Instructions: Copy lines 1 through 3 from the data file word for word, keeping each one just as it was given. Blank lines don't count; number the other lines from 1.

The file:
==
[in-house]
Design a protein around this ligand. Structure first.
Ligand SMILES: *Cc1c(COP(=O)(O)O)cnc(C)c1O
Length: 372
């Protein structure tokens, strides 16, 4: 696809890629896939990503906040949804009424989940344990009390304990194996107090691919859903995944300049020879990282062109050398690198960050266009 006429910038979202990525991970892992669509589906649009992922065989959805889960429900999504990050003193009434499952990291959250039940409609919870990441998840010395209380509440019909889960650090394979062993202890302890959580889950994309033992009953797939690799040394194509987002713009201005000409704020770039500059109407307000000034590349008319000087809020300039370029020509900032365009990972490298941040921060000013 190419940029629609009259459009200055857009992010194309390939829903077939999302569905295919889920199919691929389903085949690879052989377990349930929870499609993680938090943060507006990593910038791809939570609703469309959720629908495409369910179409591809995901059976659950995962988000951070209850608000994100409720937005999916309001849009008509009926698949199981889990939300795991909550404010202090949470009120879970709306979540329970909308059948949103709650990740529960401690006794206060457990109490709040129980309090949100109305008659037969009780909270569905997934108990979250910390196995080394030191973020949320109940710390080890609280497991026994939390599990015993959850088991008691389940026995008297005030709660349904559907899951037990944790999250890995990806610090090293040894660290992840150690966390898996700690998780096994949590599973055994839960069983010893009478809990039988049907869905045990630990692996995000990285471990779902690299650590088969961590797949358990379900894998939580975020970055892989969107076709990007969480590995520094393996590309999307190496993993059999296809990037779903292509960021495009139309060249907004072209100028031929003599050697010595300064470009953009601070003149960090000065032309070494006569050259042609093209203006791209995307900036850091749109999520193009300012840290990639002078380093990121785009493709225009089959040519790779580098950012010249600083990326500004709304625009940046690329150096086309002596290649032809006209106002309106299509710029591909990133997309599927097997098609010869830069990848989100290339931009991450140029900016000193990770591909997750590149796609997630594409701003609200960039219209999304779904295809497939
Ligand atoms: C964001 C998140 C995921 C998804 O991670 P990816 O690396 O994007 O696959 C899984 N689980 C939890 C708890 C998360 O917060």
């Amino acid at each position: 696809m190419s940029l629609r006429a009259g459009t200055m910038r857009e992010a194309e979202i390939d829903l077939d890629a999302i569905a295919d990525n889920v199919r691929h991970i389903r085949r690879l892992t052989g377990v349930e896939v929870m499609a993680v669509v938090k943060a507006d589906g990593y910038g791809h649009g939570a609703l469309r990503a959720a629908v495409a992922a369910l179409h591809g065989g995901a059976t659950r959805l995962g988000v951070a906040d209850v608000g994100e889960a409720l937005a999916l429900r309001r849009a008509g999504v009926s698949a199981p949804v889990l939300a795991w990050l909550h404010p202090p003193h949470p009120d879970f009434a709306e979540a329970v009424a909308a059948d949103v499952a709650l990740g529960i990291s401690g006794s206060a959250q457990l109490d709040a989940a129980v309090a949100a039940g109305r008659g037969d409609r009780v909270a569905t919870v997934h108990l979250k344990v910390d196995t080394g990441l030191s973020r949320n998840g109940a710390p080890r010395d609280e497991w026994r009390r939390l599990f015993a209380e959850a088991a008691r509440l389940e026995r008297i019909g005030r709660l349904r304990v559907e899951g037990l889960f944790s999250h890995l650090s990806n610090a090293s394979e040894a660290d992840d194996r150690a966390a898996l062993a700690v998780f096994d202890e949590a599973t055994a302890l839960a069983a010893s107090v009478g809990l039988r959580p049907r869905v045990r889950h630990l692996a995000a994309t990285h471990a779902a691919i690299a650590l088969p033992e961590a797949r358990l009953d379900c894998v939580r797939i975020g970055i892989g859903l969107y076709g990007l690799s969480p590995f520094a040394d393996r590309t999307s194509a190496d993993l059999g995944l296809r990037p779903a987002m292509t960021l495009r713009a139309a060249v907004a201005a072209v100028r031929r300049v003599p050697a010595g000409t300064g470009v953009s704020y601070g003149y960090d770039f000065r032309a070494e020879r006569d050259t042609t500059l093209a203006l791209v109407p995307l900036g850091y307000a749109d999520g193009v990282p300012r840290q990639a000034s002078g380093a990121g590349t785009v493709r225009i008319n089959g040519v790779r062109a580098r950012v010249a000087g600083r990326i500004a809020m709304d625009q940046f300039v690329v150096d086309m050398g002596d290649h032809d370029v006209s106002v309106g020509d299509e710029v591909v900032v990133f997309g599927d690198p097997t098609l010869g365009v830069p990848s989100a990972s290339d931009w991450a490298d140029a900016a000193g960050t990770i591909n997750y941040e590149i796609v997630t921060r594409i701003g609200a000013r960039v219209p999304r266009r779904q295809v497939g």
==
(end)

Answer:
[in-house]
Design a protein around this ligand. Structure first.
Ligand SMILES: *Cc1c(COP(=O)(O)O)cnc(C)c1O